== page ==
December 16, 2011

Building a Culture of Continuous Improvement

With jobs at the top of the national agenda, public and private funders are intent on finding effective job training programs. But what data demonstrate effectiveness, and how can programs use data to improve what they do?

With Fry Foundation support, a path breaking collaborative of employment training programs is building the answers.

At first blush, measuring the effectiveness of job training and placement programs seems easy: how many people got jobs, and did they hold onto them? But such simple measures beg a whole set of questions. How skilled were the candidates in the first place? Did they learn anything that helped them qualify for jobs? Did the job offer a decent skill match, reasonable pay, room for advancement?

Demonstrating effectiveness has long bedeviled employment training programs. The question is more important now than ever. Unemployment hovers around 9 percent, yet employers complain about lack of adequately skilled workers. With prospects for economic recovery uncertain, identifying and expanding solid programs that build workers’ skills has become a national imperative.

Taking up the challenge is Public/Private Ventures (PPV), a national nonprofit that uses research to improve programs serving low-income people. Through its Performance Benchmarking Project, PPV works to establish national performance standards for employment services, help funders compare outcomes, and help providers use data to improve what they do.

With support from the Fry Foundation and other local funders, PPV last year convened 22 Chicago providers to explore together how they can measure what they’re doing, examine the data to identify what is and is not working, and act on the results. The goal is to build what Senior Program Director Marty Miles calls “a culture of continuous improvement.”

i.c. starsi.c.stars, which trains young people for careers in technology, joined the collaborative even though, as a self-described “geek” organization, they were already measuring everything that moves. That was part of the problem, says President and co-founder Sandee Kastrul: people all over the organization had created tracking systems, but there was no “big picture” view. Just as frustrating, there was no way to measure the accuracy of i.c.stars’ core insight, that young people who have overcome challenging life situations often have the resiliency it takes to succeed in the tech world.

Drawing from its own experiences and the needs of others in the collaborative, i.c.stars created software that collects data on candidates, referral sources, programs, and outcomes and creates a dashboard that organizations can use to track progress. A private consulting group, spurred by an employee who came from i.c.stars, is now marketing the software to help other nonprofits improve their performance. Meanwhile, says Miles, i.c.stars’ interest in “resiliency” led to a thoughtful conversation about measuring intangibles that sparked creative thinking among others in the collaborative as well.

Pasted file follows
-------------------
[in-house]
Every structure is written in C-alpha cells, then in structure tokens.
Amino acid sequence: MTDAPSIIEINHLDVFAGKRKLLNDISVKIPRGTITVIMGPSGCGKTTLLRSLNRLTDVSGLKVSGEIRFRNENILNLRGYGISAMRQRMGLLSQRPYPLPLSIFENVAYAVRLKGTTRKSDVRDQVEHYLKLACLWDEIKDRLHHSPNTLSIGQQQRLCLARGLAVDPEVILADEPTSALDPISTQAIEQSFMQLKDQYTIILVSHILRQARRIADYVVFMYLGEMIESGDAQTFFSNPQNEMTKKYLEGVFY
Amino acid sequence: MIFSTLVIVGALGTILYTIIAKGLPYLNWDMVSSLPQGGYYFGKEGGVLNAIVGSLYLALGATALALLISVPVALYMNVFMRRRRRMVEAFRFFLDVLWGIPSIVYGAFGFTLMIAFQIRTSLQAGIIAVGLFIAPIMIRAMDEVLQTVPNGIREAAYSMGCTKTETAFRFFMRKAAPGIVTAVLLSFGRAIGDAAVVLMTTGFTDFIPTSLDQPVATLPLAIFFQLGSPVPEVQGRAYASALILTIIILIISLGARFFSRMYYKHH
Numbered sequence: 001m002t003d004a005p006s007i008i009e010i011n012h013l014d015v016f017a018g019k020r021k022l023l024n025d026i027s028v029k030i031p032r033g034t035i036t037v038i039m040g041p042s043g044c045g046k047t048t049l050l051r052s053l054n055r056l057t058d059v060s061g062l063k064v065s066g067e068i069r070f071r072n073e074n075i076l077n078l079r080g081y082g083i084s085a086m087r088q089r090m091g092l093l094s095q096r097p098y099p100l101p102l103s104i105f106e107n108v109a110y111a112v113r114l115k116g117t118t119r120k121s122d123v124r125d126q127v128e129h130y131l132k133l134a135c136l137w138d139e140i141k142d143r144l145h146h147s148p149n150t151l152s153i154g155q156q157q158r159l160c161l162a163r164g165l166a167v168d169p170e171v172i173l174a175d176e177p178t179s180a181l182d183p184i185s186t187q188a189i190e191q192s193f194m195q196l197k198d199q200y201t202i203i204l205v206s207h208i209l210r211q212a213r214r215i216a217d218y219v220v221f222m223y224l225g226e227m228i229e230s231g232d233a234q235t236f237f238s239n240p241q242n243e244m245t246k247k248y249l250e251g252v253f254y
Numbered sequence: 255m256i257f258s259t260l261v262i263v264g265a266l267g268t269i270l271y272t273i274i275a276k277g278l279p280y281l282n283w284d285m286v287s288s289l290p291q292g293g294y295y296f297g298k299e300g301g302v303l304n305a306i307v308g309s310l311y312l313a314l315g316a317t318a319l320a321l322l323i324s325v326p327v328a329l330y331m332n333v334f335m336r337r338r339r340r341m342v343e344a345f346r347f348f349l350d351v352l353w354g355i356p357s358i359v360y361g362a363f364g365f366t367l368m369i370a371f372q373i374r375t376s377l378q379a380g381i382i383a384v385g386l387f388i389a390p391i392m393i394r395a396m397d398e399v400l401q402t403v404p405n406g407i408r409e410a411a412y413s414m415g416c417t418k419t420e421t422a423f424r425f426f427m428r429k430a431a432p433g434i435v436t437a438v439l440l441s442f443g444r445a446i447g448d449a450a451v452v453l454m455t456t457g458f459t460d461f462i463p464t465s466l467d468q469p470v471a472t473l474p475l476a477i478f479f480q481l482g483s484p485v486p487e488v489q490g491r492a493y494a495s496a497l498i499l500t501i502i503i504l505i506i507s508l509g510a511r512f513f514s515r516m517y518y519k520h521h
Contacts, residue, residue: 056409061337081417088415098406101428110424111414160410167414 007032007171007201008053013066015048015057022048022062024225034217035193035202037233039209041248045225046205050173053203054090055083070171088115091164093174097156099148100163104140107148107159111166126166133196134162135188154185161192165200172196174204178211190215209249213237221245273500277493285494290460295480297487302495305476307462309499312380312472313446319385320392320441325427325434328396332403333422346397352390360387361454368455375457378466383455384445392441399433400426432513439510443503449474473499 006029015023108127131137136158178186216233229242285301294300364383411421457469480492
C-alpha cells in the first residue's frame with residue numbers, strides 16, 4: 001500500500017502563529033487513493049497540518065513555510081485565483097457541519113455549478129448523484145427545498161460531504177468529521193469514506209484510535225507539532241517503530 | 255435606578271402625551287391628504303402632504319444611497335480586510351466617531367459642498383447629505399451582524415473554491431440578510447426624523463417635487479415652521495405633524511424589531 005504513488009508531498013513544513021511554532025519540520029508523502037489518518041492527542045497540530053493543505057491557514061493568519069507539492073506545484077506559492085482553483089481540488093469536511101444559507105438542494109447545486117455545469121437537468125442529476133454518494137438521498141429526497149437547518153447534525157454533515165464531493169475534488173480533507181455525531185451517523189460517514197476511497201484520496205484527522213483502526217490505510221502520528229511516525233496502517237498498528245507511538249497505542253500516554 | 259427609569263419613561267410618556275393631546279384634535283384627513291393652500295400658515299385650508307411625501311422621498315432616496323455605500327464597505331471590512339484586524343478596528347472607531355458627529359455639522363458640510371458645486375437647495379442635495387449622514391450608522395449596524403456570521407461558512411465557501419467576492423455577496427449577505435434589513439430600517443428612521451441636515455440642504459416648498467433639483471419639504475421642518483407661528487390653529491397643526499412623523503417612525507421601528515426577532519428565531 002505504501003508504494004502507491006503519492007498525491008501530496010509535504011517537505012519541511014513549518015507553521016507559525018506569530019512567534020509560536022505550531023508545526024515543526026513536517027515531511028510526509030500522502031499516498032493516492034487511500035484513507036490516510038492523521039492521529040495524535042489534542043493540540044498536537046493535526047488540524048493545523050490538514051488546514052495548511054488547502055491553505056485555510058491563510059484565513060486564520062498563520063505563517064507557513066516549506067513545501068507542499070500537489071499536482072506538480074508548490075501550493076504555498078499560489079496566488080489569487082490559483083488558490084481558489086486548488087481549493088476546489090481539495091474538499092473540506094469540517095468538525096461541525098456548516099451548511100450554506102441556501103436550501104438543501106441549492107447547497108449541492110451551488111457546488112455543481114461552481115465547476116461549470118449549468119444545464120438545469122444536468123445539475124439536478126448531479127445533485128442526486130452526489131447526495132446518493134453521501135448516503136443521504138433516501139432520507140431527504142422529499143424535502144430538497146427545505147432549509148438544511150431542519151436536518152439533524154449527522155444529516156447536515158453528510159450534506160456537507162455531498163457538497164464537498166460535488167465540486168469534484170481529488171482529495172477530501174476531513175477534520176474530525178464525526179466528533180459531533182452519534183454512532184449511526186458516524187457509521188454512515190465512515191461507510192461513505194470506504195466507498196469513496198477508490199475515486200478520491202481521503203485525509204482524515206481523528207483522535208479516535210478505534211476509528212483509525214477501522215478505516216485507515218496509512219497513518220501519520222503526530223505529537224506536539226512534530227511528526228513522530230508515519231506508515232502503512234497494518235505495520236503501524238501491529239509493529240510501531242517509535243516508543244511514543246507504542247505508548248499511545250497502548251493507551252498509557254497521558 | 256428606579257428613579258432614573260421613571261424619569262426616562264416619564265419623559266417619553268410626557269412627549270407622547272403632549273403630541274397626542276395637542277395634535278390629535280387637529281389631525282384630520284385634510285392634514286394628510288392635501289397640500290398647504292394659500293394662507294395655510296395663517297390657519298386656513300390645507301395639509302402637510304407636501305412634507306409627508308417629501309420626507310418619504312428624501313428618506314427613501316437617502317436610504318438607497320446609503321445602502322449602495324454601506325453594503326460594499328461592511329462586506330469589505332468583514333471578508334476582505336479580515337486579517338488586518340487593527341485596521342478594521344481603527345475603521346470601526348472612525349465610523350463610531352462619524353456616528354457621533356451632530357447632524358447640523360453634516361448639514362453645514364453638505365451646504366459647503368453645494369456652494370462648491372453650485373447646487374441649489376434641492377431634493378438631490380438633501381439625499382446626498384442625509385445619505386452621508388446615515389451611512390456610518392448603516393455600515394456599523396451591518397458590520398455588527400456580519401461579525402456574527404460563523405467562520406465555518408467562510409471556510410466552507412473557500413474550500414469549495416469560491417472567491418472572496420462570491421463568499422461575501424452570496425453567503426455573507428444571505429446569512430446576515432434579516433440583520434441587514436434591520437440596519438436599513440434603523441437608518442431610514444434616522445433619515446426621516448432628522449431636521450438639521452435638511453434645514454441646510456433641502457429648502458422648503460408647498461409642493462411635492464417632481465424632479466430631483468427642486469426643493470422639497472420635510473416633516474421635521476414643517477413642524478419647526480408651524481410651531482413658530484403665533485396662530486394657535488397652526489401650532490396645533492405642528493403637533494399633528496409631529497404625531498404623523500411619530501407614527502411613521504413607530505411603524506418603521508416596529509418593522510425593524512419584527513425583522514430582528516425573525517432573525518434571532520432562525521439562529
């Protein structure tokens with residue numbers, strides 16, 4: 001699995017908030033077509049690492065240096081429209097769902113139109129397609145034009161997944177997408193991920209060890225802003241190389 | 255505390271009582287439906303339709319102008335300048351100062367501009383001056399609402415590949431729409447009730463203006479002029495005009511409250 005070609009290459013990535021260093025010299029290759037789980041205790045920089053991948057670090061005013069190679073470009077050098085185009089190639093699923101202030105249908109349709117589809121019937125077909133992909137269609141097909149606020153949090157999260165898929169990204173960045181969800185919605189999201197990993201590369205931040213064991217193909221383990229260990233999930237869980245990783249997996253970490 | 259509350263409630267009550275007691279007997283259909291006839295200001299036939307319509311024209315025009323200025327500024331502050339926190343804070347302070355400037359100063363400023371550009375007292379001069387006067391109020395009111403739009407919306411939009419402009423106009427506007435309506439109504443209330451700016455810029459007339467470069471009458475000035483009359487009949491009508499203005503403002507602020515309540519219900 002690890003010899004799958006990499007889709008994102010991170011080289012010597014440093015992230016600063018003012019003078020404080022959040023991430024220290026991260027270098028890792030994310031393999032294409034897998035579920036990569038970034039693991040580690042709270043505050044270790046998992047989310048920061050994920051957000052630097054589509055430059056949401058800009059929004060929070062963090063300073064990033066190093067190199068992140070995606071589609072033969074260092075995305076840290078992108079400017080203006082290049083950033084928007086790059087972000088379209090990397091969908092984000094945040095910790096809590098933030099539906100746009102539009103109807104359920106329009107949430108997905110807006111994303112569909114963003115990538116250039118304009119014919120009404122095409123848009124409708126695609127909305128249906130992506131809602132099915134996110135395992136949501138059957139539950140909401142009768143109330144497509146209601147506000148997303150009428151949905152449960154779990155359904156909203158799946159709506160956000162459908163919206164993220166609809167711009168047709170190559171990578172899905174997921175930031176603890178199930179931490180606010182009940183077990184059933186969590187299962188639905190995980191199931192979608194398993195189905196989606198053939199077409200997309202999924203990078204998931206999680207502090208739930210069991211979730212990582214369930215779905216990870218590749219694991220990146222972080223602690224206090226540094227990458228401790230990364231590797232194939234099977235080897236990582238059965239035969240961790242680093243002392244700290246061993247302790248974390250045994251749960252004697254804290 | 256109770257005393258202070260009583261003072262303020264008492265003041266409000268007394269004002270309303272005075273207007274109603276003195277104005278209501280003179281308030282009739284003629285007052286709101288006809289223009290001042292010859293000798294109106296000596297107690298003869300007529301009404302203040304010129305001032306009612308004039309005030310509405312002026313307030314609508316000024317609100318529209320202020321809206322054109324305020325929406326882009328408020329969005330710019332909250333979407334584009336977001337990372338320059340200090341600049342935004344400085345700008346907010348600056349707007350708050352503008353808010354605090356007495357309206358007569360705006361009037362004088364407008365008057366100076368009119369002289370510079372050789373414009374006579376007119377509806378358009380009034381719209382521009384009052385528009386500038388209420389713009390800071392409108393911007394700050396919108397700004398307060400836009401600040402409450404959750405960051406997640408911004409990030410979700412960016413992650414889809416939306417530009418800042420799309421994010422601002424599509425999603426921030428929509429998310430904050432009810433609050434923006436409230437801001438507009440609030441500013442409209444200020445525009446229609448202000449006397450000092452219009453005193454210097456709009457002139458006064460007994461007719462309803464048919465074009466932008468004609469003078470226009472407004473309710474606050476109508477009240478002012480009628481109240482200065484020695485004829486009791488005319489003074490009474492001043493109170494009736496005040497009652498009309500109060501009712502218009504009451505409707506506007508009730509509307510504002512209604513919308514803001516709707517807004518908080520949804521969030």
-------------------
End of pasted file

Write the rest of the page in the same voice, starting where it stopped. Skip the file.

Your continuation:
Chicago HouseA different measurement challenge faces Chicago House. Having started out providing end-of-life support for people with HIV/AIDS, Chicago House needed a jobs strategy once clients started living longer, says Employment Program Manager Cheryl Potts. Clients can face challenges similar to people served by other training providers: homelessness, substance abuse, poor job history. But HIV status creates its own employment barriers: needing to maintain public benefits to fund medications, getting time away from work to administer them—and facing down the HIV stigma.

“We can’t build relationships with employers and contact them about candidates, because if we do that, we are outing their HIV status,” Potts explains. Instead, Chicago House concentrates on job readiness, determining employment goals, overcoming barriers such as housing or substance abuse, offering volunteer and transitional jobs opportunities—everything up to the point of placement. This configuration creates its own measurement problems, as Chicago House seeks to demonstrate the social return on investment”—how it makes a difference in people’s lives.

Through the PPV collaborative, says Potts, “I was able to steal a lot of information—how to create a database, do data collection, motivate staff. I set up a dashboard and review it monthly, to see how we’re performing against our grants, or against other agencies.” The data lead directly to improvements. Seeing clients drop out of transitional jobs at its bakery, the program collected data showing that people were falling back into substance abuse once they got their first paycheck; now the program intervenes to help people over that milestone.

In a second phase of the collaborative that began in fall 2011, Chicago House, i.c.stars, and a dozen other providers will work to deepen such internal performance improvement practices. They will bring in staff teams and identify very specific focus areas, like what kinds of people benefit most from their services, how long training should last, keeping people engaged, working with employers. Together they hope to create the small but continuous day-to-day improvements that can really transform an organization over time.

PPV will be watching the progress and documenting what modifications most affect performance. Those lessons will be used by the Chicago funders who are supporting the collaborative to create a common set of definitions to help both funders and grantees evaluate performance. Ultimately PPV plans to use the results, along with those from a similar initiative in New York, to help improve performance management across the field and share the lessons with federal policymakers seeking to strengthen job training programs.